Librarian Jessica Lamarre hides a dark and shameful secret.
“The first flier I ever designed had a clip-art border,” confesses Lamarre, head of children’s services at Duxbury (Mass.) Free Library (DFL) and a freelance graphic design consultant. “I had no idea that that wasn’t the proper way to design an eye-catching flier.”
Pixelated photos, inappropriate font choices, and other design depravities—including, yes, clip art—often hamper libraries’ attempts to communicate effectively with their patrons. In an age when even preschoolers have access to desktop-publishing software, the public has become more sophisticated about what constitutes good design. And an amateurish poster slapped together over the course of a few minutes in Microsoft Word isn’t it.
“It’s so important, given all of the wonderful resources that we have, that we put forward the best visual representation of ourselves as libraries and librarians,” says Diana K. Wakimoto, associate librarian at California State University, East Bay, in Hayward and author of Easy Graphic Design for Librarians (ALA Editions, 2018). At the same time, she points out, “most of us who do graphic design in the library don’t have any background in it and haven’t had the opportunity to take courses in graphic design or applied arts.”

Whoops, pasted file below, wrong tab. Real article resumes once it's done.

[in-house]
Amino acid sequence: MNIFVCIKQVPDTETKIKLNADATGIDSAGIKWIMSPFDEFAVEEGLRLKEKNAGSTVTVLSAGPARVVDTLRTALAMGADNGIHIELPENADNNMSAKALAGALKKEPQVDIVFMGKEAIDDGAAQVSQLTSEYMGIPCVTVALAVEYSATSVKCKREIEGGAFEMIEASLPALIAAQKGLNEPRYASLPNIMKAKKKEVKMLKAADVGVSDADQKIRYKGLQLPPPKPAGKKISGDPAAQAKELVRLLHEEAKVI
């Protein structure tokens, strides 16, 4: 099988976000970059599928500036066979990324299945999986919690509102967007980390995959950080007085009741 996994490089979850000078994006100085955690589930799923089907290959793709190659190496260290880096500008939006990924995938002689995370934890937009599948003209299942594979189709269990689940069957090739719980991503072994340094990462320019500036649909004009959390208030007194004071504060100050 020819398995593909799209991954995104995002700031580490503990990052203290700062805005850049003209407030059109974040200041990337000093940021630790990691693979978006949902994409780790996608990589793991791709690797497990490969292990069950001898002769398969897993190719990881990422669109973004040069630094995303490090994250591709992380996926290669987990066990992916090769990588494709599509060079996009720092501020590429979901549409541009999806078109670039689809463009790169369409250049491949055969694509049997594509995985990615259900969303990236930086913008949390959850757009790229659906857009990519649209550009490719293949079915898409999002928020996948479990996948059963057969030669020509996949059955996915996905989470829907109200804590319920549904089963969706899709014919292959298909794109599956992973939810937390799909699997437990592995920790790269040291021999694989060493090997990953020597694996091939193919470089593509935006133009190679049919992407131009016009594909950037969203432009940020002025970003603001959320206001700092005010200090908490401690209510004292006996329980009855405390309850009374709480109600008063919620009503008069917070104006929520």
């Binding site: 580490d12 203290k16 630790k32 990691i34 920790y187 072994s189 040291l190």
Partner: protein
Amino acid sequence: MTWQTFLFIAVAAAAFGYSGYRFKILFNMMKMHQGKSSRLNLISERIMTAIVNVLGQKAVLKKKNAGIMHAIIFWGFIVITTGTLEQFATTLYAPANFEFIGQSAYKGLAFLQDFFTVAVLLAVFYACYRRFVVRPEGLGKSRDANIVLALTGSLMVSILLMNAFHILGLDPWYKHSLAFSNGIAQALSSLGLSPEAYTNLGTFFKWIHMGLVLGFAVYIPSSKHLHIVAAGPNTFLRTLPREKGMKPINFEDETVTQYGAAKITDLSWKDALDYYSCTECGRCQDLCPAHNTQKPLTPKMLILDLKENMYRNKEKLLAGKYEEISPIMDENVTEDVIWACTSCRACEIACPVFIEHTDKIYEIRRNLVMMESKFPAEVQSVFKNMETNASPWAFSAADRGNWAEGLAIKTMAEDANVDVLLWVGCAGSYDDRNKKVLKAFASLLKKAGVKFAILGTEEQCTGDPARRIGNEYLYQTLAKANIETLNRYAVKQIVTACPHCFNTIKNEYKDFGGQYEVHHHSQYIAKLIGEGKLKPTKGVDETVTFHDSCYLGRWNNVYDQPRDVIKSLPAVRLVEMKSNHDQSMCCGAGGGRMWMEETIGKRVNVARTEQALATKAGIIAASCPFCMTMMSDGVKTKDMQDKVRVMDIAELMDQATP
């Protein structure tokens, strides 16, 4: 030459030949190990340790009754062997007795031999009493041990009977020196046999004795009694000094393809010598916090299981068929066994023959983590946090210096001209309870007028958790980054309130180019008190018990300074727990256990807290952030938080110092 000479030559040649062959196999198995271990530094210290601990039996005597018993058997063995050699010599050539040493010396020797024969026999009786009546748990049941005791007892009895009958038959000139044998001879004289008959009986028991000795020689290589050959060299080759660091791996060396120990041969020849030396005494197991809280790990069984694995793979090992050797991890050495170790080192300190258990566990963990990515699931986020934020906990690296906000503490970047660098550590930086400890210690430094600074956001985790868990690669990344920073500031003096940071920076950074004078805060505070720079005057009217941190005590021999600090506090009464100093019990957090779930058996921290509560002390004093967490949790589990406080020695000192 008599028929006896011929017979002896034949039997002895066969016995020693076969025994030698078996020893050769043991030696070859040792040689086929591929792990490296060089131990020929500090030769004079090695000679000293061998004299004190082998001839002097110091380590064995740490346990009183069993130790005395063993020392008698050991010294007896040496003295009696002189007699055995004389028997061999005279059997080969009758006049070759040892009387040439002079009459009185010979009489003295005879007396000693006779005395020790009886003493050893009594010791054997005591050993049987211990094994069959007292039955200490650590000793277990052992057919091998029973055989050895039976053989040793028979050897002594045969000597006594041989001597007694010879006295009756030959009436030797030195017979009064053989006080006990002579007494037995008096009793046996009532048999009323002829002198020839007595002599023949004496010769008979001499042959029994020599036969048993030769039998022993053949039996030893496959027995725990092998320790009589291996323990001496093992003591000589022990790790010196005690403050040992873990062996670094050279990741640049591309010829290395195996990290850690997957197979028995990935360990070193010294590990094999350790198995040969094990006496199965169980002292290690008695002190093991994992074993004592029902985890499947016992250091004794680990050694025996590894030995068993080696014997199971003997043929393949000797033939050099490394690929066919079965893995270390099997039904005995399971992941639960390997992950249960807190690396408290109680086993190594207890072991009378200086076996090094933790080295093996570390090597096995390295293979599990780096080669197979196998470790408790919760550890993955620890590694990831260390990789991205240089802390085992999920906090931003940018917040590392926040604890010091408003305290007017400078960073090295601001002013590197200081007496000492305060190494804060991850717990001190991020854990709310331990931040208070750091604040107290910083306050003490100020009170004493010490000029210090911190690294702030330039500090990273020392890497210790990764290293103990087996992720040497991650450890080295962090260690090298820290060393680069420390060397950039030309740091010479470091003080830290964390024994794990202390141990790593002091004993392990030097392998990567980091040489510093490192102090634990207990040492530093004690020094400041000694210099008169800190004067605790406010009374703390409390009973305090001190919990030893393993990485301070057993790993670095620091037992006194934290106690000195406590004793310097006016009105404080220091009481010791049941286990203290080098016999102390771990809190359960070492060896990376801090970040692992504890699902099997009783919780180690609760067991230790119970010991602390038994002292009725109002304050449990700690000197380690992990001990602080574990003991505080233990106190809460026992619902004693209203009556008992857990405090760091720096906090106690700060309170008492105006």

The good news is that to make attractive, effective handouts, posters, and promotional materials, you don’t need to become a Photoshop pro—you just need to tweak your approach a little bit. “Most librarians do something visual each day, and we can all get better at it,” Wakimoto says. “We can learn basic things that will help draw more people in.”
Faced with competing demands for their time, some librarians may pooh-pooh the importance of bettering their design skills. “It might sound silly” to spend time creating a poster that takes 30 seconds to read, acknowledges DFL Young Adult and Reference Librarian Larissa Farrell DuBois, who with Lamarre and West Bridgewater (Mass.) Public Library Assistant Director Jed Phillips delivered a presentation on graphic design and libraries at the 2017 Massachusetts Library Association meeting. “But the way people consume images and media today, you have a split second to catch their attention.”
The first and most crucial step: Take the time to plan your project, no matter how small. What’s the purpose of the item you’re creating? When is it needed? Who has to approve it? Finding the answers to those and other questions can save a lot of time and annoyance. For example, “if you know up front that you can print only in black and white, then it’s really good to design for black and white, instead of finding out later that your beautiful color image grayscales horribly,” Wakimoto points out.